Richie Cole: Blue Collar Bebopper

Rob Rosenblum By

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You don't have to understand anything to enjoy my music. All you have to do is feel it.
—Richie Cole
Jazz alto saxophonist Richie Cole wants to reach out to you, whether you are the mayor of a highly popular tourist city or just a guy dropping over for a couple of beers.

"I play for people," says Cole. "People are all the same. If they understand or want to understand jazz, I welcome them."

Recently, Richie Cole spent a few days in Charleston, South Carolina, winning over hundreds of new friends, with his friendly banter, off color jokes and high intensity alto solos. Among them was Charleston Mayor and occasional jazz pianist, John Tecklenburg, who presented Cole with the keys to the city and then dropped down to the club to sit in with the band.

But Cole seemed more at ease with the many curious locals, only marginally familiar with jazz, but attracted to his goodhearted humor and passionate music. To Cole, jazz is everyone's music.

"You don't have to understand anything to enjoy my music," says Cole. "All you have to do is feel it. People who never heard jazz before may like it, but not know the reason. If you like it, you like it."

Cole grew up in Trenton, New Jersey, where he first discovered his love for the alto and for jazz. Down Beat magazine offered him a full scholarship to Berklee School of Music in 1966. He replaced Art Pepper on the Buddy Rich band in 1969 and became one of its featured soloists.

Soon after leaving Rich's band, he set out on his own to launch a highly successful reputation as a searing alto soloist in the Phil Woods mold.

For several years he co-led a band with legendary vocalist, Eddie Jefferson until the singer was tragically murdered in Chicago.

Cole continued to record prodigiously and began to focus more on writing and arranging for a group that he calls the Alto Madness Orchestra (AMO) -a kind of informal franchise of bands and arrangements spread around the country.

Although indelibly identified with Trenton, New Jersey, he has since happily settled down in Pittsburgh, Pennsylvania.

While Cole may be easily characterized as a straight ahead player, a closer look reveals a more fleshed out identity. Where a lot of jazz musicians survive on the financial support of the rich and famous, Cole has been there and done that and he has no desire to go back. He is best described as a mischievous, blue collar bebopper.

Cole will throw out some salty language in that gravelly, cigarette stained voice of his, play songs that would suit the folks at the bar more than the tuxedo and gown crowd. He offhandedly creates a kinship with his audience that would convince a Johnny Cash fan to embrace Charlie Parker.

"Most people are ignorant about jazz," explained Cole. "That's why I like to play stuff they will understand and then sneak in something to educate them. I will play something simple like 'Somewhere Under The Rainbow' or 'Danny Boy' and that catches their ear."

"I try not to be too technical all at once," he continued, "because that can confuse people. But I play what I really want to play—I don't compromise at all. Sometimes I'll play something really corny—because I consider myself the great white man of corn! That's part of the many minds of Richie Cole." The Many Minds of Richie Cole is also his latest CD, and it includes, of all things, "YMCA," with his Alto Madness Orchestra (AMO).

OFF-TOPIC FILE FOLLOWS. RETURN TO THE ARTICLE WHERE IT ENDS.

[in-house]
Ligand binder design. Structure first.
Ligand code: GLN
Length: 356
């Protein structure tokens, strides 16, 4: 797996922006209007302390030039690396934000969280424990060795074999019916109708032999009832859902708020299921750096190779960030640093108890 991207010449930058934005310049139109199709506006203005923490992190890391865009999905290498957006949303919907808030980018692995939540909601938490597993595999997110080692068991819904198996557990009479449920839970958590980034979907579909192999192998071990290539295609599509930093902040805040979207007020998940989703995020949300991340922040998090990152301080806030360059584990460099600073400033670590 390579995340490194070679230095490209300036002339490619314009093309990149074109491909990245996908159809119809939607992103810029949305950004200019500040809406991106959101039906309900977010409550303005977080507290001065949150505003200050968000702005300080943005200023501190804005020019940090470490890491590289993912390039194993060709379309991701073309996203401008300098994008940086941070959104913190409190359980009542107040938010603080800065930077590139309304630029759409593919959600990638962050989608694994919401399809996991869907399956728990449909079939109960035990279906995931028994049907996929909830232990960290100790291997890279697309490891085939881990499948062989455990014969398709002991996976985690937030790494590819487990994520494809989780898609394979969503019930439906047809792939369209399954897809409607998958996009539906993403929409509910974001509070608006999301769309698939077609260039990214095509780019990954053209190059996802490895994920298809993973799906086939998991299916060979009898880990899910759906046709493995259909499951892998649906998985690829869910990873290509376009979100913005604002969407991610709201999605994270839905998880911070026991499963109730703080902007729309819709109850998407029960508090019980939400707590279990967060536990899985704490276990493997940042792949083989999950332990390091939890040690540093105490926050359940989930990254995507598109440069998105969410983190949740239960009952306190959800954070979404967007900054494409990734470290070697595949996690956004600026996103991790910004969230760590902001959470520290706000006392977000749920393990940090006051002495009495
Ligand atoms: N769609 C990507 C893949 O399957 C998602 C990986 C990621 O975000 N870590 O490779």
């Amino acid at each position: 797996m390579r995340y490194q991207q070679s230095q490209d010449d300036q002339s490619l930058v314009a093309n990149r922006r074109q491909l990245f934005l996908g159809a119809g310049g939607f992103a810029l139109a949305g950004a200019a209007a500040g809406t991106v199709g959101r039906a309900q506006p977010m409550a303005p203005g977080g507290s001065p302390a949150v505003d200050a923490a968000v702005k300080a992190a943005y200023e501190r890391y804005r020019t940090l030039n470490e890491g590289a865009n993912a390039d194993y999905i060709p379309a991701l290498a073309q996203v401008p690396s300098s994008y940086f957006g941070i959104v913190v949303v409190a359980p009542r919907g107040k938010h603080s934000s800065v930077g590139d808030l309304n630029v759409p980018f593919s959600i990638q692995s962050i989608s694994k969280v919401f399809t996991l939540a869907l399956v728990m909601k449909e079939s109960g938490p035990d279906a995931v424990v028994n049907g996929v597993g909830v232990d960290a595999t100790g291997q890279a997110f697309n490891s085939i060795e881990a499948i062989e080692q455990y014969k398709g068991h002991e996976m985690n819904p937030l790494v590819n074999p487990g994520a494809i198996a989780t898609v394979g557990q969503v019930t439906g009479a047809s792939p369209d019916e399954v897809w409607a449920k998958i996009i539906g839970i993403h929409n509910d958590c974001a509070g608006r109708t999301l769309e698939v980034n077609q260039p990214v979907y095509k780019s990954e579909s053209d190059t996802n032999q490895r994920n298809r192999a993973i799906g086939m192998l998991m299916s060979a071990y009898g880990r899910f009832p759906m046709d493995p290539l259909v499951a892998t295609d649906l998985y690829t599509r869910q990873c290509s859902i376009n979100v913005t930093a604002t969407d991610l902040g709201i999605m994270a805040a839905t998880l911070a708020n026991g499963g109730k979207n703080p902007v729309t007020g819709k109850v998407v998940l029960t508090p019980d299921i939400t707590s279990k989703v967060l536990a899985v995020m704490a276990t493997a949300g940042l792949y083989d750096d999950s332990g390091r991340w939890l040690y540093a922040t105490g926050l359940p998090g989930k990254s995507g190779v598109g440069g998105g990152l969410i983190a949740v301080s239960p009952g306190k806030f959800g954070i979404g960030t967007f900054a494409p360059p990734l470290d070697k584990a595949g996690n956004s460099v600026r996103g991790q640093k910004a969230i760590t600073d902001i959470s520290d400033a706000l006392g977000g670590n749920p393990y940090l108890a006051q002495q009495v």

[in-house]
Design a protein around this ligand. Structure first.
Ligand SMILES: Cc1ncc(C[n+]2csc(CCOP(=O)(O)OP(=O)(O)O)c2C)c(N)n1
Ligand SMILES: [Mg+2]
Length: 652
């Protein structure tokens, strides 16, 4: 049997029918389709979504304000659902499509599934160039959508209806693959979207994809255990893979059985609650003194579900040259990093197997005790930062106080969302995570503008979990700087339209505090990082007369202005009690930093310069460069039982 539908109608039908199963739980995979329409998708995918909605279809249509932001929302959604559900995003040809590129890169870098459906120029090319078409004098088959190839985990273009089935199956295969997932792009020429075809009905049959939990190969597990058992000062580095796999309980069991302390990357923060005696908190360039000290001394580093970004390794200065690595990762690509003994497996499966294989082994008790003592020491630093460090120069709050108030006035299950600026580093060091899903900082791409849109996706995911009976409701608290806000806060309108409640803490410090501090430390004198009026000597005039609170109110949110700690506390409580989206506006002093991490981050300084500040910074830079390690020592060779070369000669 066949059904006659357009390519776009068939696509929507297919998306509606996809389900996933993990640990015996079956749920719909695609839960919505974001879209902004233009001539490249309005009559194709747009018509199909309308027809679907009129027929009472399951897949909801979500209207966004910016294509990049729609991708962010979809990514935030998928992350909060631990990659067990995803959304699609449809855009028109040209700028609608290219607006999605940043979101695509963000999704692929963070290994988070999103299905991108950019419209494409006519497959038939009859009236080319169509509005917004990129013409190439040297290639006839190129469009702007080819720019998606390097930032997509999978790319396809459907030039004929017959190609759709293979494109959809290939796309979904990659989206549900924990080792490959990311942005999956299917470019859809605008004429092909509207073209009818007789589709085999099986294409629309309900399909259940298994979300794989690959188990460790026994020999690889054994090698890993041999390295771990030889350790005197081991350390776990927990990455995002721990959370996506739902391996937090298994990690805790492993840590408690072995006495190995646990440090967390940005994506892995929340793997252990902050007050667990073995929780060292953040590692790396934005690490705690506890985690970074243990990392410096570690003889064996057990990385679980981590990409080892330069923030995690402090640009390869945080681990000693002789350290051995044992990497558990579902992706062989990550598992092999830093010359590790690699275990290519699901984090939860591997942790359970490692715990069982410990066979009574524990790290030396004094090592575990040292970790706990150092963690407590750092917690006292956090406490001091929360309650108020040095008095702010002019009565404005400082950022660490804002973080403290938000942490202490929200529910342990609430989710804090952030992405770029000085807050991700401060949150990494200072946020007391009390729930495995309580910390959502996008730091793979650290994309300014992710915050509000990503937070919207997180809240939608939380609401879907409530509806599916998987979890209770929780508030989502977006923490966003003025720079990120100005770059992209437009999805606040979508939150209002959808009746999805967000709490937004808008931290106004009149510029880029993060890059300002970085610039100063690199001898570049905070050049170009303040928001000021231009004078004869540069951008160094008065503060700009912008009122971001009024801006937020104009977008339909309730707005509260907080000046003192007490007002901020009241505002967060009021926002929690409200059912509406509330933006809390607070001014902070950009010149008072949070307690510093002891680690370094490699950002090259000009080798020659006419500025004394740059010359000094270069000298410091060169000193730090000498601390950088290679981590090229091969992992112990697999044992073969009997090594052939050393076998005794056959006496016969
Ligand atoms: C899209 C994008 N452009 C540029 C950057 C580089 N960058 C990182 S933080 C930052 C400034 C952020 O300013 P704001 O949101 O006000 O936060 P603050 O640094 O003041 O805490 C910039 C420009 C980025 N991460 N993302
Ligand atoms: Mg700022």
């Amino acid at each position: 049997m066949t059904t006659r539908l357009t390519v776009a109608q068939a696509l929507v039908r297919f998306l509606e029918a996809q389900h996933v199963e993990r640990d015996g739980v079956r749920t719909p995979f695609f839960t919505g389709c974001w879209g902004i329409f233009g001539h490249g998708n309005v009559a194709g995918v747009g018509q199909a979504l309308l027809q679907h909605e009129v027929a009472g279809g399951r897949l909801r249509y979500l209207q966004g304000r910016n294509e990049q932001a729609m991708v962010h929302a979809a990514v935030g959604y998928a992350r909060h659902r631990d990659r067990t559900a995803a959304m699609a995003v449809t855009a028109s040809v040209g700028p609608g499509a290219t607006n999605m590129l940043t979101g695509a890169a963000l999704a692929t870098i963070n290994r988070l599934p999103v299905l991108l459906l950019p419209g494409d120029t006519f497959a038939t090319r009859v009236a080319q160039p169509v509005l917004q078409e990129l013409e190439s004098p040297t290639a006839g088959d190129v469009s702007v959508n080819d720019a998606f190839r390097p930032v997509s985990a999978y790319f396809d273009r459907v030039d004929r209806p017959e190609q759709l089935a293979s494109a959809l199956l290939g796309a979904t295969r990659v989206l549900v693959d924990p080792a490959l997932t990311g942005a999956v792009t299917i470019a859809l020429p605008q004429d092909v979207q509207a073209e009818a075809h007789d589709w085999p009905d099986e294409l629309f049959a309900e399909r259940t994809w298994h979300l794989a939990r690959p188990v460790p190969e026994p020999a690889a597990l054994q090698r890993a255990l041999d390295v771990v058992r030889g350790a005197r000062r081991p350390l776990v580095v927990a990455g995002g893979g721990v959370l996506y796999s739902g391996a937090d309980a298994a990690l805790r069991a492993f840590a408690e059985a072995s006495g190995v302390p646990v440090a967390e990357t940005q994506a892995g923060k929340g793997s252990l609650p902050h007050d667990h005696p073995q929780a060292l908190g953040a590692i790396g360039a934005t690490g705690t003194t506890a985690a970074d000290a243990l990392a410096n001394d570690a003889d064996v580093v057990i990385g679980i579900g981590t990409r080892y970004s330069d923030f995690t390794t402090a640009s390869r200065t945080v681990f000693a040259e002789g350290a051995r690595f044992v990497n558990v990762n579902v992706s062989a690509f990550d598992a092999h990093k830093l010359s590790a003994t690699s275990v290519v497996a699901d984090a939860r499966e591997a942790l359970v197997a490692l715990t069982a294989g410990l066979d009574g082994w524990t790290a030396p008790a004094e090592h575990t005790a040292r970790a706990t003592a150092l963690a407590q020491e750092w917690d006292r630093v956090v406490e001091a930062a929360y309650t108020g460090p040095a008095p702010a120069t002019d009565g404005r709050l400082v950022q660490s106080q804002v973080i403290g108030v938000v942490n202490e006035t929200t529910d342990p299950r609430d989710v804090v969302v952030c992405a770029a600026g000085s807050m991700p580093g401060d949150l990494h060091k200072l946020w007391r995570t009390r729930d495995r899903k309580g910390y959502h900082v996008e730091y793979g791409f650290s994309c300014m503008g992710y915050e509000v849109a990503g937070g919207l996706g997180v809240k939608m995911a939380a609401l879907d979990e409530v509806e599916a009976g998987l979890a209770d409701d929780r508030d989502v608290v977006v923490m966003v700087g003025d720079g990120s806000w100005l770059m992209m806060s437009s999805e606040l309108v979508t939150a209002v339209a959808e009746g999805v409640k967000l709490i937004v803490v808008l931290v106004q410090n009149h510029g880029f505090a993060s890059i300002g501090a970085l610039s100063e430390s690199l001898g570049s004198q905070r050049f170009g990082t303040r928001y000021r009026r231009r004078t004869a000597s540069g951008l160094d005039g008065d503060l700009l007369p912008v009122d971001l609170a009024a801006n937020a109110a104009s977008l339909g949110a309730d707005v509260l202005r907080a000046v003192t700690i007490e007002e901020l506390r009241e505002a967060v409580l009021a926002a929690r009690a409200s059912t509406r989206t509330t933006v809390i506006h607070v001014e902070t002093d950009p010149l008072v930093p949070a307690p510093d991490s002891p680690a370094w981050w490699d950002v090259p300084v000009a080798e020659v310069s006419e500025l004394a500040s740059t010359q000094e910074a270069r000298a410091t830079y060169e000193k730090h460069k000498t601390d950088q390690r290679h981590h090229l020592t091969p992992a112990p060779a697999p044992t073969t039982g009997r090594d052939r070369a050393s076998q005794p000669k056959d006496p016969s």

"YMCA"? Really?

"It's one of my many minds," affirms Cole. "All my life I've been navigating between serious jazz and show biz. I like humor. I like the feeling. I like disco. Not everything has to be centered around jazz. My life isn't geared around everything jazz."

"Sonny Rollins, who has been a big influence on me, will take the corniest thing and make it beautiful. That whole Way Out West album was him saying let me show you how I can do something no one else thought of. And it is one of the greatest jazz albums."

"I did the same thing with Frankie Avalon's "Venus." It's a beautiful song and the chart came out pretty good and I played my heart out. Even when I play something corny, I'm playing serious."

That doesn't mean that he doesn't want to be accepted as a jazz musician.

"I'm proud of it. I love the music and I work very hard to do this. I studied my trade. I started when I was 10 and immediately started taking lessons. I used to practice eight hours a day. I am as serious as a heart attack when it comes to playing."

AMO has been Cole's treasured invention. It is a culmination of years of experience in big bands combined with a real joy for extended romping solos. It is a small group with a big band sound. For Cole, it is the best of both worlds.

"I grew up in the big band era you know?" explained Cole. "I always liked the sound of the big band, but I didn't want to deal with all those musicians, so I figured out a way to get the sound with one trumpet, one trombone and two saxophones and I create voicings that get very close to a big band sound."

"I left the Buddy Rich band in order to develop my own music. You can't do that playing 16 bars. I like both big bands and small groups. I like the big band sound. I love writing for the band. Playing saxophone to me is just a hobby. What I really do is write music. It has been over 20 years that I have been doing the Alto Madness Orchestra. I'll wake up in the middle of the night with an idea and I have to write it down so I don't forget. Then I can develop it later. Playing it with my orchestra is a real trip."

"My first recording of the orchestra was 1991 called Trenton Style Presenting the Alto Madness Orchestra. I've been doing it every day ever since. I can't stop writing. Even when I am watching TV I'm writing."